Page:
Advanced Education minister says her deputy, not her, logs emails records


VICTORIA — B.C.’s minister of advanced education says she doesn’t have to release her sent emails under freedom of information laws because any final decisions she makes are kept with her deputy minister.

Melanie Mark was responding to a second day of questions in the legislature about how an FOI request for all her sent government emails in the month of February returned no records. She ducked barbs during question period from the Opposition Liberals, but emerged to tell reporters afterwards she had done nothing wrong.

“The decisions and direction I make with the ministry are all on public record with the deputy minister’s office, that’s how records are kept,” she said. “They are not kept secret, with respect. There’s no secret here. I’m in full compliance with the legislation.”

The NDP government is under fire for shoddy record-keeping that appears to mirror the same culture of deletion that plagued the previous Liberal government, after it was revealed the minister responsible for FOIs uses a personal email account and five senior staffers in Premier John Horgan’s office improperly mass deleted their sent emails for the first four months in office in 2017.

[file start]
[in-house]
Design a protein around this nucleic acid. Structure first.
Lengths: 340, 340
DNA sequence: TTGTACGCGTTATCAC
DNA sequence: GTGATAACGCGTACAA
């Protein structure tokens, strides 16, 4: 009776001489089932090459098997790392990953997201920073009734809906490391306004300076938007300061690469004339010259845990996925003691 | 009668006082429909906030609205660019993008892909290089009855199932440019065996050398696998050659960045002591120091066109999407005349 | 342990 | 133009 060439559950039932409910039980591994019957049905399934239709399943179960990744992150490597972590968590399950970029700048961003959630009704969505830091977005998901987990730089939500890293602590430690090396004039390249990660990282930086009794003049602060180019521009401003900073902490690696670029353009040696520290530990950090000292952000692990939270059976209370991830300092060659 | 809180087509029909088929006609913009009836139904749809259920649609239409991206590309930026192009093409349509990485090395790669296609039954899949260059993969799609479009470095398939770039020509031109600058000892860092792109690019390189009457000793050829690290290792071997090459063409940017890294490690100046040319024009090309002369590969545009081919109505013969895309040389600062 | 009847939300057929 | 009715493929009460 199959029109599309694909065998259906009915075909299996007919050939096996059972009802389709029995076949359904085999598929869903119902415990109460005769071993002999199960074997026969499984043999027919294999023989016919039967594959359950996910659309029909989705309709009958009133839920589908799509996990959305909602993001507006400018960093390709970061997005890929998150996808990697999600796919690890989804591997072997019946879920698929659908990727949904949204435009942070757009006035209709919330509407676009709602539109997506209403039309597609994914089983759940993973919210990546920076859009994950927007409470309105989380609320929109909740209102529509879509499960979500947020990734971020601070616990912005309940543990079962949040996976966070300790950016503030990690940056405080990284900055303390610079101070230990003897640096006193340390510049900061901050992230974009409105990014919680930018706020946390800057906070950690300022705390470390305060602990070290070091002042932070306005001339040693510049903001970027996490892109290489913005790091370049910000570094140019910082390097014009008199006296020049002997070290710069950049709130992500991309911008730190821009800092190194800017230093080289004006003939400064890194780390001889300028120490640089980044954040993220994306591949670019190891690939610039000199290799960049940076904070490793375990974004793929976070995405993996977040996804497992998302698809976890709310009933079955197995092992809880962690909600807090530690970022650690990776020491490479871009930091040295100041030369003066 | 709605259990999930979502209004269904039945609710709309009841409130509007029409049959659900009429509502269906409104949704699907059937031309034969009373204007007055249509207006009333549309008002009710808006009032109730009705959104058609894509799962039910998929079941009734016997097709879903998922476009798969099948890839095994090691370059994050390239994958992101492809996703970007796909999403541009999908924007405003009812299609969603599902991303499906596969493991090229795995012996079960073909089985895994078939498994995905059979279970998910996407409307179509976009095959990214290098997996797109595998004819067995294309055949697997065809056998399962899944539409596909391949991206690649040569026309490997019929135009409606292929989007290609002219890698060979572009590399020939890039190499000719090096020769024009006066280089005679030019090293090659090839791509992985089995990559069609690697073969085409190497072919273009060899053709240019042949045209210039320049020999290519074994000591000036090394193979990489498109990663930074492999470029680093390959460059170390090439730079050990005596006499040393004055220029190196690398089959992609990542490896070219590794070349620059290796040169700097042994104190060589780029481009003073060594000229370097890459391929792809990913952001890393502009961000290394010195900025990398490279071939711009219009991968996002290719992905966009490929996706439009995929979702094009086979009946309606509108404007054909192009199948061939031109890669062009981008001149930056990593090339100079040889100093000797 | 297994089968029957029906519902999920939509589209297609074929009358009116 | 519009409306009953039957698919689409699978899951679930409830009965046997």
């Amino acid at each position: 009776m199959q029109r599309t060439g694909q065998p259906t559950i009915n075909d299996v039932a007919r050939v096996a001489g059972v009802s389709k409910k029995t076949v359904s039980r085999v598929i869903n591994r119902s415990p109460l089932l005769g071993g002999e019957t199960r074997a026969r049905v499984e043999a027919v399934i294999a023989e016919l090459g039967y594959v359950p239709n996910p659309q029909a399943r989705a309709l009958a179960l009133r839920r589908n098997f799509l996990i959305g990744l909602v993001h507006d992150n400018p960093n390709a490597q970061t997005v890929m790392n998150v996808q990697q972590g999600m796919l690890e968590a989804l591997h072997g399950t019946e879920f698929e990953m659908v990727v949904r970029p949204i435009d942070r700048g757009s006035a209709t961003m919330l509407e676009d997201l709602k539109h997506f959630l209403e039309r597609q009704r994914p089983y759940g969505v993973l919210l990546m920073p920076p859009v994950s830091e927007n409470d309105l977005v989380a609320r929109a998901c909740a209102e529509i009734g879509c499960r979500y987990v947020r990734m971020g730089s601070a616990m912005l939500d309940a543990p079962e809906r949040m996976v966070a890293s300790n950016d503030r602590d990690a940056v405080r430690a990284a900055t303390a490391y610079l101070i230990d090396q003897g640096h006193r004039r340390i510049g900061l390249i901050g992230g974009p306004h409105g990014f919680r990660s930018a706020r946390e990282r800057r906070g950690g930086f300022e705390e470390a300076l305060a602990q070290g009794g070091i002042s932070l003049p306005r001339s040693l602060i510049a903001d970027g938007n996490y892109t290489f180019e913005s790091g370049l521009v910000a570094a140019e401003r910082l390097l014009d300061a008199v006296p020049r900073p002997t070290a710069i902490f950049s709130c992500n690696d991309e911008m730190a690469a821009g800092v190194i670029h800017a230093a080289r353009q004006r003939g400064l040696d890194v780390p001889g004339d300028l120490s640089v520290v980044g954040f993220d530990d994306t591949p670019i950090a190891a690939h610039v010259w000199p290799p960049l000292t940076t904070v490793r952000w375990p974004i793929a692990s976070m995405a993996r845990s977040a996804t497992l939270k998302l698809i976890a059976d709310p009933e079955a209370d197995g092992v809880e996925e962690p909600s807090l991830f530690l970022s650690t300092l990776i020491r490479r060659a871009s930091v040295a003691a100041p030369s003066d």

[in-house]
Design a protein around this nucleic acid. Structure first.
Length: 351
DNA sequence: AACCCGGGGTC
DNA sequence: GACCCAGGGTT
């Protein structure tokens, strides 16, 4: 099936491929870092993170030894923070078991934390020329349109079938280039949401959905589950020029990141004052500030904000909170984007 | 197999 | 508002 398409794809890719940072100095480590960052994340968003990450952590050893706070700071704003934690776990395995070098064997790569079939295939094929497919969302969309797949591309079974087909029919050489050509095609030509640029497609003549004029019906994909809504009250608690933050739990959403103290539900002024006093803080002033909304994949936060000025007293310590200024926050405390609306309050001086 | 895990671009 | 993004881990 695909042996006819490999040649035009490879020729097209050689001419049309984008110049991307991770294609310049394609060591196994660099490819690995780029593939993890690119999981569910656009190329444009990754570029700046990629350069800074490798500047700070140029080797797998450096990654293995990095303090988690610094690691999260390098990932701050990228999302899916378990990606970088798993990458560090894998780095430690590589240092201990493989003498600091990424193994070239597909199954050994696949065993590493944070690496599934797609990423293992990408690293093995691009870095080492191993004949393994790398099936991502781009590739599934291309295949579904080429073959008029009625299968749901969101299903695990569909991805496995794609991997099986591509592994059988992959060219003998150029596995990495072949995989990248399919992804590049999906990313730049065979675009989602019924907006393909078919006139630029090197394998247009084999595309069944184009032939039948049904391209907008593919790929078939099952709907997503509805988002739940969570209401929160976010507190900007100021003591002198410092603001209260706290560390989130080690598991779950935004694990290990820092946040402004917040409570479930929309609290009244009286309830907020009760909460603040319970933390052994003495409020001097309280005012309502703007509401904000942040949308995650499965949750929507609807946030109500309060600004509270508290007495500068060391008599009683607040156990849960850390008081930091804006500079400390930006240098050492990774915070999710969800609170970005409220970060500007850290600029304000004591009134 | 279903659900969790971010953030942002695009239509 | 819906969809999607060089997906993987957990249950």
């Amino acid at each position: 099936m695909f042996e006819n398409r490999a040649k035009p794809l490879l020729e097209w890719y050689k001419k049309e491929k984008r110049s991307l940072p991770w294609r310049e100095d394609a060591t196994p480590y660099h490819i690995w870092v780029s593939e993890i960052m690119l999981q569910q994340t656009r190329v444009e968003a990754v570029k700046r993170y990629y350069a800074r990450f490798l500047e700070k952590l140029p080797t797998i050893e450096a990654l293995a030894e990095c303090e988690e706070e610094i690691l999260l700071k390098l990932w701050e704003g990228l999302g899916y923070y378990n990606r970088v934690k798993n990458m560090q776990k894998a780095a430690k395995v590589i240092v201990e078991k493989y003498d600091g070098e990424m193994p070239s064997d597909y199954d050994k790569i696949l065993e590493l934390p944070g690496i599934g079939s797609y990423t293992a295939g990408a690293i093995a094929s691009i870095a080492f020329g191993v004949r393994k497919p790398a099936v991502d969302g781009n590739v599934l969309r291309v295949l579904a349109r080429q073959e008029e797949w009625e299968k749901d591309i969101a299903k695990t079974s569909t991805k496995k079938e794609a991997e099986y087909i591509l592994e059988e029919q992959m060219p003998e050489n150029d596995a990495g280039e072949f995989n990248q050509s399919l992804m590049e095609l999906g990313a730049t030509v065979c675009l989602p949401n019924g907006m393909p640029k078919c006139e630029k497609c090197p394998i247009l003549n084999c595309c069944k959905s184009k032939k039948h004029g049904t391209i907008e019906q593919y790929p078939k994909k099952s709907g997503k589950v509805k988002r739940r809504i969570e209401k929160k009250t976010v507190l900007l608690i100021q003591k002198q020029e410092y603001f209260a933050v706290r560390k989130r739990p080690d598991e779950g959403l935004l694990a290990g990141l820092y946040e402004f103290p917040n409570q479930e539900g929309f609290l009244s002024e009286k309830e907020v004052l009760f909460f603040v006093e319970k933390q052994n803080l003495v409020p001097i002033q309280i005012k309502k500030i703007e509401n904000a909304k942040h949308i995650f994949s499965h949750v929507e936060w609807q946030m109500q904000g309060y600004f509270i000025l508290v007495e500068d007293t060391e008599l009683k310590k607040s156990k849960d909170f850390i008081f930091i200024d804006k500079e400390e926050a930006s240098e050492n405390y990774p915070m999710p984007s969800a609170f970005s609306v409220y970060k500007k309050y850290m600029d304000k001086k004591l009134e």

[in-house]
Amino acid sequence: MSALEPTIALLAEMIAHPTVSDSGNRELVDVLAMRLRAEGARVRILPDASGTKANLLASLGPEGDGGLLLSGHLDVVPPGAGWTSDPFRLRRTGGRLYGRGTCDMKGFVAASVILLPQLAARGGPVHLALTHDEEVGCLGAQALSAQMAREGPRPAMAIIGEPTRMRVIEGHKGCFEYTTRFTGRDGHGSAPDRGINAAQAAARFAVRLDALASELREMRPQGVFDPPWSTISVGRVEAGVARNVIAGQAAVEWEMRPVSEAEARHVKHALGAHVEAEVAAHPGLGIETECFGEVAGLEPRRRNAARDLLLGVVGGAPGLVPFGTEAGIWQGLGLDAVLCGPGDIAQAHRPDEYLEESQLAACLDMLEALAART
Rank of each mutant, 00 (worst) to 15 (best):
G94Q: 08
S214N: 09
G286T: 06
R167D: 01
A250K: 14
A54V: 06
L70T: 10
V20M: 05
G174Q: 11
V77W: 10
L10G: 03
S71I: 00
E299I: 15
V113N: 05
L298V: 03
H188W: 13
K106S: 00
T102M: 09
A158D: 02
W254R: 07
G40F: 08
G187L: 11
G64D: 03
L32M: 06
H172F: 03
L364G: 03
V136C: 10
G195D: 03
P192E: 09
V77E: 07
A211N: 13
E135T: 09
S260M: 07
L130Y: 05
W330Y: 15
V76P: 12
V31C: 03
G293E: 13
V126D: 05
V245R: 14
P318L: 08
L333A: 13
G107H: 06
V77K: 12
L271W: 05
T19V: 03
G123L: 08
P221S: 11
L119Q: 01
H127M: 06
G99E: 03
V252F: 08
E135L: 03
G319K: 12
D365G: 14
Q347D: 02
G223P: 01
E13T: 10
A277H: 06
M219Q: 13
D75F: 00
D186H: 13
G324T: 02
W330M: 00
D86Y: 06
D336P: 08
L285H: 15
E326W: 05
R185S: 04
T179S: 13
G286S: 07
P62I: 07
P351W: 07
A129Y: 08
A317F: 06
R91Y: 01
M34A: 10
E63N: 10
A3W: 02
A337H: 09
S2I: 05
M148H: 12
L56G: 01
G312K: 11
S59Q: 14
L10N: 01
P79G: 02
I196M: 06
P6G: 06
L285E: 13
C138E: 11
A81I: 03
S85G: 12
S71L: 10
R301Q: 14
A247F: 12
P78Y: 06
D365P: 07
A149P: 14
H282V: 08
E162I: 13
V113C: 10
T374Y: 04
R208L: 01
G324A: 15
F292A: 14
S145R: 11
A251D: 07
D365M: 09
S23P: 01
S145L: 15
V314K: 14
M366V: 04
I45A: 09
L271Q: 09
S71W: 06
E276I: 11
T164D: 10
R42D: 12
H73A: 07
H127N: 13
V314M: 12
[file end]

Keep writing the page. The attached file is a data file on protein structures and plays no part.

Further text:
Mark said she organizes all the emails she sends and receives into folders and turns them over to staff when FOI requests come in. She said a blanket “no records” response for those emails for an entire month is the way the FOI law is supposed to work.

“I follow best practices in terms of records management,” she said. “I follow the law with respect to what has been recommended from the privacy and information commissioner.”

Cabinet ministers have been routinely releasing their emails under FOI for several years. A Vancouver Sun survey in 2016 obtained the emails from 20 cabinet ministers and showed the process was plagued by delays and political interference. Nonetheless, hundreds of pages of records were released outlining how ministers use emails to sign off on public statements, review briefing materials, set up meetings, ask questions of staff, flag media articles, prepare for interviews, and field questions from the public.

Mark’s comments appear to indicate some kind of change in government policy to return no records. A 2018 internal NDP government guide titled “managing minister’s office records” sets out what offices hold original records, but also outlines how it is government’s job to gather those records from multiple locations to fulfill …read more

Source:: Vancouver Sun – Politics

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